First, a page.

Hungry Hungry Kitties

Cats Alive recently rescued a colony of 49 cats. It was heartbreaking. The owner and his wife contracted COVID in October. She died and he never fully recovered. At the end of January, his children had come to the conclusion that he was no longer able to live on his own at the family home north of Sanford, CO where they had grown up in and he and his wife lived in for 35 years. When they came to take him home, they took the three smallest kittens to Dumb Friends League in Alamosa and called Cats Alive for the rest of the colony of somewhere between 30 and 80 cats (depending on which of his kids you talked to!). Cats Alive had been preparing to open a spay and neuter clinic for a few months, and was almost ready. (That’s SLV Spay and Neuter Alliance!)

Knowing that such a big colony could not reasonably be picked at with 5 or 6 surgeries at a time (and a 3 hour round trip drive for each trapping!), surgery for these cats was scheduled for our first big clinic, February 10th, with the help of a professional tech from Bergen Spay to help our vet, Dr. Linda Behrns. Our vet specializes in spay and neuter surgeries and with a trained tech to assist, she can accomplish twice as many surgeries in a day. So timing was key in dealing with such a large group.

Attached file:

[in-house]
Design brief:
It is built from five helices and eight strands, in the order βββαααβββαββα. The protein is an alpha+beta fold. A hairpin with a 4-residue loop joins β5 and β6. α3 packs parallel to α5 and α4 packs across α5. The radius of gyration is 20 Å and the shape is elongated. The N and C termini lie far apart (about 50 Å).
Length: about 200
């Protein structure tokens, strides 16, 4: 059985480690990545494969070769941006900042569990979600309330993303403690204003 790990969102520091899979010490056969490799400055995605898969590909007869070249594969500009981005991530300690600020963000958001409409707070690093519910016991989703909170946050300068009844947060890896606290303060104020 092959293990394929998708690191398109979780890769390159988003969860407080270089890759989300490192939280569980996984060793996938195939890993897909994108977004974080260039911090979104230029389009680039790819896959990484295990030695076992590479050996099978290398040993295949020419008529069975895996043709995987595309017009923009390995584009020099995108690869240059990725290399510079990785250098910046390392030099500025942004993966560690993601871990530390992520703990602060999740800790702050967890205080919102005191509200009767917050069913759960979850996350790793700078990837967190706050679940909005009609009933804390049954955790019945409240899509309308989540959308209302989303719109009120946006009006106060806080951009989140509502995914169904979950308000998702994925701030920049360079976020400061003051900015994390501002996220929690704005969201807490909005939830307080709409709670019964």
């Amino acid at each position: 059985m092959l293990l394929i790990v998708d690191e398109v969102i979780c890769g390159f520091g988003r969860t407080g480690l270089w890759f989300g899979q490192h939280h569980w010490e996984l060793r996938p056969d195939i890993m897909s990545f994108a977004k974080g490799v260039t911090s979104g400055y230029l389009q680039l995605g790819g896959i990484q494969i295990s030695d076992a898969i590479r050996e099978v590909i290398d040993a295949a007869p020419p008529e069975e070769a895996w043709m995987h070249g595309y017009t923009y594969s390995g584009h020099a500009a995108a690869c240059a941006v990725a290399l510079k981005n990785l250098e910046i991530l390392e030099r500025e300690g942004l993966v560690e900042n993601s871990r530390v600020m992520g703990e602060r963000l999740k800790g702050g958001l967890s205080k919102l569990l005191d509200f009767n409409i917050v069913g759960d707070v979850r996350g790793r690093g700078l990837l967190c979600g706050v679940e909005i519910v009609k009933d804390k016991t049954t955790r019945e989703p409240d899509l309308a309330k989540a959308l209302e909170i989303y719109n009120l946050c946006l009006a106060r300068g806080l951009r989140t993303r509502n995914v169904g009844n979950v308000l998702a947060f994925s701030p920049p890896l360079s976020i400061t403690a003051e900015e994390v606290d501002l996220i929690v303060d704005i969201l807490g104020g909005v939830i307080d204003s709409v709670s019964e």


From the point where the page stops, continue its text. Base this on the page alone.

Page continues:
Lisa Karst (that’s me!) travelled out to the colony a week early to make an assessment and leave traps for acclimation before trapping day. The cats came charging down the drive, yelling as they came. They were frantic. I counted 20-22 very very hungry and underweight cats, 90% black, and two large herding dogs, also hungry. I laid out the small amount of food I had with me for trapping purposes, and an intense scrum resulted, with over a dozen cats picking up food bowls and running, dogs wading in and flinging cats in an attempt to get to the food. When ordered to leave the cats, they did it. Not bad dogs, just hungry and left alone too long. Meanwhile, I was trying to unload about a dozen traps. The cats were so hungry they were invading the van to get to the scraps of food, trying to eat cardboard trap liners that smelled of tuna.

Doing a little triage, five of the smallest cats were trapped and taken to Dumb Friends League San Luis Valley Animal Center for temperament assessment. One had a broken leg and was immediately sent to their hospital in Denver. The other four failed the temperament tests and were returned to Cats Alive as agreed. Calling the family in Oklahoma, I was told the dogs were to be taken in by a neighboring family the next day. When I stated that the cats were extremely hungry and getting thin, the message was passed to the caretaker to leave more food. Traps were left, and with the assurance that the cats would have more food and the dogs were going to a new home the next day, I reported back to the vet that we’d have a full day of surgeries for this one colony.